Ein Stehaufmannchen

In German, Ein Stehaufmannchen is the name of a children's toy: a little man who always gets back up. Claude Ganz was a young boy when he and his family were unwittingly caught in the turbulence of World War II. The odyssey began in 1937 when they fled their home in Frankfurt, Germany to France, where they were incarcerated by the Vichy authorities. From France, they walked over the Alps to Switzerland and found Swiss guards waiting to deport them. This is the story of how one man, separated from home, country and family rebuilt his life in the remote land of America. Combining rare family footage of life in Germany before the war (including gathering grapes in the family vineyard) with deeply moving tales, EIN STEHAUFMANNCHEN is a reflection of Ganz's indomitable spirit, a celebration of survival and resiliency.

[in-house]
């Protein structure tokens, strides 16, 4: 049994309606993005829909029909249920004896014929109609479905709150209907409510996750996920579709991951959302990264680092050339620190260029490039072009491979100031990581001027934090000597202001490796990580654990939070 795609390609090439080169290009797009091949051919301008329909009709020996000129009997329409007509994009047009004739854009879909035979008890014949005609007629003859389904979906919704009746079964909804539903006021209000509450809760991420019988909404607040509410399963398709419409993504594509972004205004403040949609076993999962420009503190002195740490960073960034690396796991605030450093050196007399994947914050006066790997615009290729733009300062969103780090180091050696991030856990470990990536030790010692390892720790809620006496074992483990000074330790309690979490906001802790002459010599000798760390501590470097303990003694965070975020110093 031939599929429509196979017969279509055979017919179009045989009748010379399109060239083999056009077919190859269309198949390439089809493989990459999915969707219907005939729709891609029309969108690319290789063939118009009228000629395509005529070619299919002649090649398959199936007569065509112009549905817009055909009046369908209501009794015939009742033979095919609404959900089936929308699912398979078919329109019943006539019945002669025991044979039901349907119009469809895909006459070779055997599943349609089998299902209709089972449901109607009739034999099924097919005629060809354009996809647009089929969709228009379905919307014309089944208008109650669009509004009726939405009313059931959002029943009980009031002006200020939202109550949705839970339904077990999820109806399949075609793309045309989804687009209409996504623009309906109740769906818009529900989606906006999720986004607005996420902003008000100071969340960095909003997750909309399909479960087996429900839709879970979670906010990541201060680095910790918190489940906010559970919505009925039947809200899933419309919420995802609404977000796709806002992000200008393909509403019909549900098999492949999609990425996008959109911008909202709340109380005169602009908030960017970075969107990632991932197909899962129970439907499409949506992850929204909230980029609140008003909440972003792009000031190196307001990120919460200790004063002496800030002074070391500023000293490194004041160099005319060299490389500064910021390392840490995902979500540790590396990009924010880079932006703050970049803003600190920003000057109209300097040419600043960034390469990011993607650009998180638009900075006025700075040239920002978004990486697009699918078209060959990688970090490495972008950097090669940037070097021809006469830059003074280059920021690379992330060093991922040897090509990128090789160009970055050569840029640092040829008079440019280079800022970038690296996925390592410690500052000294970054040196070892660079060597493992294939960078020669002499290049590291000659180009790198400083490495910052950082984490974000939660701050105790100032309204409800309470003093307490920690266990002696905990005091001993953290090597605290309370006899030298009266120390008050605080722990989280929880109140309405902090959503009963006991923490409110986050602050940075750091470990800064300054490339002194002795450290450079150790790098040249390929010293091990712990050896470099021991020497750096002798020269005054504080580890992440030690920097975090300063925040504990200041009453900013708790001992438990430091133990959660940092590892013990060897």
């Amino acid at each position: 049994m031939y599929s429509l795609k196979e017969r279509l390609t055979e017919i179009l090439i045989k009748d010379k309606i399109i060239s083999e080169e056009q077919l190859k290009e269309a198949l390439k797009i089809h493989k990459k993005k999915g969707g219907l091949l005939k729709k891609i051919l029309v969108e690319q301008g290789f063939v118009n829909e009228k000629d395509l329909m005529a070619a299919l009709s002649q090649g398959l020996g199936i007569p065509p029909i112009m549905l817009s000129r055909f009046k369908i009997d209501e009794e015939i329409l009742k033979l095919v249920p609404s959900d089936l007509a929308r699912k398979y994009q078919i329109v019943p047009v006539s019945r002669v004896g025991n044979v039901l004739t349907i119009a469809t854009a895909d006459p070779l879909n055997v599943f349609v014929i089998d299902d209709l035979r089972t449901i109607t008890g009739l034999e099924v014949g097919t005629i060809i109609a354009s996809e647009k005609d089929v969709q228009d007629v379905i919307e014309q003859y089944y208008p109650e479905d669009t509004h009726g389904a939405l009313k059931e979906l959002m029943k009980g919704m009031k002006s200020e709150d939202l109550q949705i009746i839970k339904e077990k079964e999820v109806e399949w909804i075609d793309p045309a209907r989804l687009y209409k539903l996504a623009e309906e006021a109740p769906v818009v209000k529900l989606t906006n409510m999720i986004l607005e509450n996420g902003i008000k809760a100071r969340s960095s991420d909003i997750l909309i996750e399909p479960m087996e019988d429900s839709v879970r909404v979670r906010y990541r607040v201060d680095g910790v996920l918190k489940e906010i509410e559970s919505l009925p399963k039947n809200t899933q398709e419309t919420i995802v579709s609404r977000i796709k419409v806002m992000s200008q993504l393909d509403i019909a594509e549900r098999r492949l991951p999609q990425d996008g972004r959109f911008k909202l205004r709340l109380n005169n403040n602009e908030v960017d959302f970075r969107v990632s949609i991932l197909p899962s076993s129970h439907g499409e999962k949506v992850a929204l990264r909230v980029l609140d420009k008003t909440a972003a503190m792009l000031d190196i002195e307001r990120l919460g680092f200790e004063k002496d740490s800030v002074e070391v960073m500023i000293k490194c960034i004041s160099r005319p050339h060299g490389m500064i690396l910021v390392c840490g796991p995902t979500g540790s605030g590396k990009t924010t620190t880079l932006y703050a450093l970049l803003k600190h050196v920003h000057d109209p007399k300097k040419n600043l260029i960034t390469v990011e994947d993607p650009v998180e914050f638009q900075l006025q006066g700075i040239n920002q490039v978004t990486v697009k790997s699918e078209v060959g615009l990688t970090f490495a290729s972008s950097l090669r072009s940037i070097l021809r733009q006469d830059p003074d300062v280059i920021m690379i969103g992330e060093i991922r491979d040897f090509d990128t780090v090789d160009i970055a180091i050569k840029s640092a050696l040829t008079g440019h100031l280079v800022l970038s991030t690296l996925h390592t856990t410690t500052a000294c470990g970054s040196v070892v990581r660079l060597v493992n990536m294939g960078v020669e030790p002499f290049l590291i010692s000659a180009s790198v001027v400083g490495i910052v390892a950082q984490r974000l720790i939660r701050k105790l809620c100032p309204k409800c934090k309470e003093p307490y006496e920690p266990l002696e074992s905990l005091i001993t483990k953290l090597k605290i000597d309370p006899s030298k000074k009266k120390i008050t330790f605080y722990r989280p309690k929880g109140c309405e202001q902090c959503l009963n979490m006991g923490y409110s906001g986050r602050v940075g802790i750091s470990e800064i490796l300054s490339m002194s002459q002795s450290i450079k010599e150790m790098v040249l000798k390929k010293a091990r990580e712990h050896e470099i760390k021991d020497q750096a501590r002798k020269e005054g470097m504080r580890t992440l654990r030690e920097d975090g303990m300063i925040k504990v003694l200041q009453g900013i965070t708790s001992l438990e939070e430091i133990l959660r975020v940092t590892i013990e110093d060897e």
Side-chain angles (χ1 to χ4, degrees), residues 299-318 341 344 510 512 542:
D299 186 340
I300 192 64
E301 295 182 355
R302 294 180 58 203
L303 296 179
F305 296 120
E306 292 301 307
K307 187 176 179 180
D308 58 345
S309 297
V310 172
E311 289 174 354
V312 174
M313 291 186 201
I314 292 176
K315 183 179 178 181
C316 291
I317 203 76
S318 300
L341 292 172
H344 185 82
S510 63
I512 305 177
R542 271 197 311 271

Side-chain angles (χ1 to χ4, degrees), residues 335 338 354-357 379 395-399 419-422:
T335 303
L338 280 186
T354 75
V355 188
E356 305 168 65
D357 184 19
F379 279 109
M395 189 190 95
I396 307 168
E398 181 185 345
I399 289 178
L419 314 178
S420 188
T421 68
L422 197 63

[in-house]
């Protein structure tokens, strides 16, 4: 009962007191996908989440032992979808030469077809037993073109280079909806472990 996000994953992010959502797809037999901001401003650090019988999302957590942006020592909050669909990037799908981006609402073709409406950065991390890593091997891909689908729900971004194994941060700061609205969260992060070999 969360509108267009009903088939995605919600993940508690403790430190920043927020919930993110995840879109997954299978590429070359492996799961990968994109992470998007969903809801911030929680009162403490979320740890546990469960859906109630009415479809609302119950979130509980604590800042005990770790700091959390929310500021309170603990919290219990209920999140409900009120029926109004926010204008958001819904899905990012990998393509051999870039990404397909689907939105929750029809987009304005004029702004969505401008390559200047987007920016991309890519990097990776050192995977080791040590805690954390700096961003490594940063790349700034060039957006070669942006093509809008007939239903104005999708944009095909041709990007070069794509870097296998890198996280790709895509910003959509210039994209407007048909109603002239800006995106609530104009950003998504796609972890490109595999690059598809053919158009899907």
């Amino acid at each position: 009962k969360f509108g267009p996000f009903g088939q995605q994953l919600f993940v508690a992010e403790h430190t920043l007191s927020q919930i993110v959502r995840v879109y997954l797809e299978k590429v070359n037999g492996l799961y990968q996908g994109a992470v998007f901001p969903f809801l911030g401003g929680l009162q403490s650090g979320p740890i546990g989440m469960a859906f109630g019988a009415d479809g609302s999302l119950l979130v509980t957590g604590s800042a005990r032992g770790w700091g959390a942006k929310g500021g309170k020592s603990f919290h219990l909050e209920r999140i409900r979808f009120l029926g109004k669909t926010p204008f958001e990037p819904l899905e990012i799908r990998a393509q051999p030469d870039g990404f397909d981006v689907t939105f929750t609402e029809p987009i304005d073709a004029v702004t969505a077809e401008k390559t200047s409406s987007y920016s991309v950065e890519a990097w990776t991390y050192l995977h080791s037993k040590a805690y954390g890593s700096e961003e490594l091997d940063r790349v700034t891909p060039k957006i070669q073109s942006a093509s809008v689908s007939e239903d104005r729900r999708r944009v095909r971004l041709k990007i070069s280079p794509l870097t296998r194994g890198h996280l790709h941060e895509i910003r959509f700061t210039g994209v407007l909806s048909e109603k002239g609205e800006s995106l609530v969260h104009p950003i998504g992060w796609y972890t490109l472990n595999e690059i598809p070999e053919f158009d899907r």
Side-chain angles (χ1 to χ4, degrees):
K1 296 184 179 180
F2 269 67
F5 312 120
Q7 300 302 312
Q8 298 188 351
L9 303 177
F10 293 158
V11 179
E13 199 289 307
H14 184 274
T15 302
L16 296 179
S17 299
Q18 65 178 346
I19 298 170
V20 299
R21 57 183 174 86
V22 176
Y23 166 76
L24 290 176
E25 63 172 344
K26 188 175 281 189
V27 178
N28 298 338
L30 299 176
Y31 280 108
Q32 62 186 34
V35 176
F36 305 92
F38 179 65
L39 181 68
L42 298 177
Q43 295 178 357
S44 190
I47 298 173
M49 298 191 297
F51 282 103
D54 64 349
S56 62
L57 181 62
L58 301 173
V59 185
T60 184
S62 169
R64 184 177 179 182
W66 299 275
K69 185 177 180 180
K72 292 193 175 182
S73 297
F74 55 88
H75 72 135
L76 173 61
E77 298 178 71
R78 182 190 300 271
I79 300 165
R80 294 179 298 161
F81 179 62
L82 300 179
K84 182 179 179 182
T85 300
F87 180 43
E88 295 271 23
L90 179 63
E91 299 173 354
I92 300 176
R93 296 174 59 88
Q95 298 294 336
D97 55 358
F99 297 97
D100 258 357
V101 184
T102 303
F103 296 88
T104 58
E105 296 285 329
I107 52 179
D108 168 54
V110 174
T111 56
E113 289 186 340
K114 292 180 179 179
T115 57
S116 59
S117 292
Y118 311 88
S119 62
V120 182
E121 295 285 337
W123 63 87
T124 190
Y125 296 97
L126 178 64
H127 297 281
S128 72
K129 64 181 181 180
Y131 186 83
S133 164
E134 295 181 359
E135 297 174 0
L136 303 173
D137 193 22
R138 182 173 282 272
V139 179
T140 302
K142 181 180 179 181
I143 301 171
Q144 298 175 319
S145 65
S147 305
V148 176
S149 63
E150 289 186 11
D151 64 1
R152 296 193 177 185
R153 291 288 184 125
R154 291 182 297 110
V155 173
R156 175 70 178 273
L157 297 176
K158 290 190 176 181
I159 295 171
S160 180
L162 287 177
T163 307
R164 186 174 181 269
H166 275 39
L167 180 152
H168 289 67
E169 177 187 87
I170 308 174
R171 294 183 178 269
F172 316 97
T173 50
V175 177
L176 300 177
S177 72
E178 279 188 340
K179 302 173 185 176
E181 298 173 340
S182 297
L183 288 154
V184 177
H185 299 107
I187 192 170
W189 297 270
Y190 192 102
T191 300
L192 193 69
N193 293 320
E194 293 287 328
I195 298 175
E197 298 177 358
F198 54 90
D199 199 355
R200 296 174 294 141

Director Vivian Kleiman's career spans 20 years of independent production, media education and advocacy. Her work has been screened at major international film festivals including Sundance, Toronto, Berlin, Jerusalem, San Francisco, and Moscow, and awarded top honors including The George Foster Peabody Award, the Eric Barnouw Award of the Organization of American Historians, the Outstanding Achievement Award of the International Documentary Association, as well as a National Emmy Award nomination for Outstanding Individual Achievement in Research. A longtime collaborator with filmmaker Marlon T. Riggs (Tongues Untied, Color Adjustment, Black Is...Black Ain't), she serves as president of the production company which they co-founded in 1991, Signifyin' Works. Kleiman produced and directed My Body's My Business, which addresses issues related to AIDS prevention among women working the streets. Noted by the National Women's Health Network as "the most respectful of women of any AIDS video," this video was selected for screening at the Museum of Modern Art in NY, and cited as one of the 12 top AIDS videos created in the previous 5 years. In 1982, Kleiman completed production of Routes of Exile: A Moroccan Jewish Odyssey, a feature-length documentary which chronicles relations among Jews, Arabs and Berbers in Morocco since Biblical times. Currently, Kleiman is in production on The Fire This Time (working title), a documentary about the church burnings in South Carolina, with funding from the MacArthur Foundation, the National Council of Churches, and the Soros Documentary Fund. Roam Sweet Home is a one-hour documentary co-production with Channel Four of England which she produced with Ellen Spiro. A quirky look at people who live full time in recreational vehicles, it will have its national PBS broadcast in August 1997. At the same time, Vivian Kleiman teaches at Stanford University's Department of Communication in the Graduate Program in Documentary Film Production.
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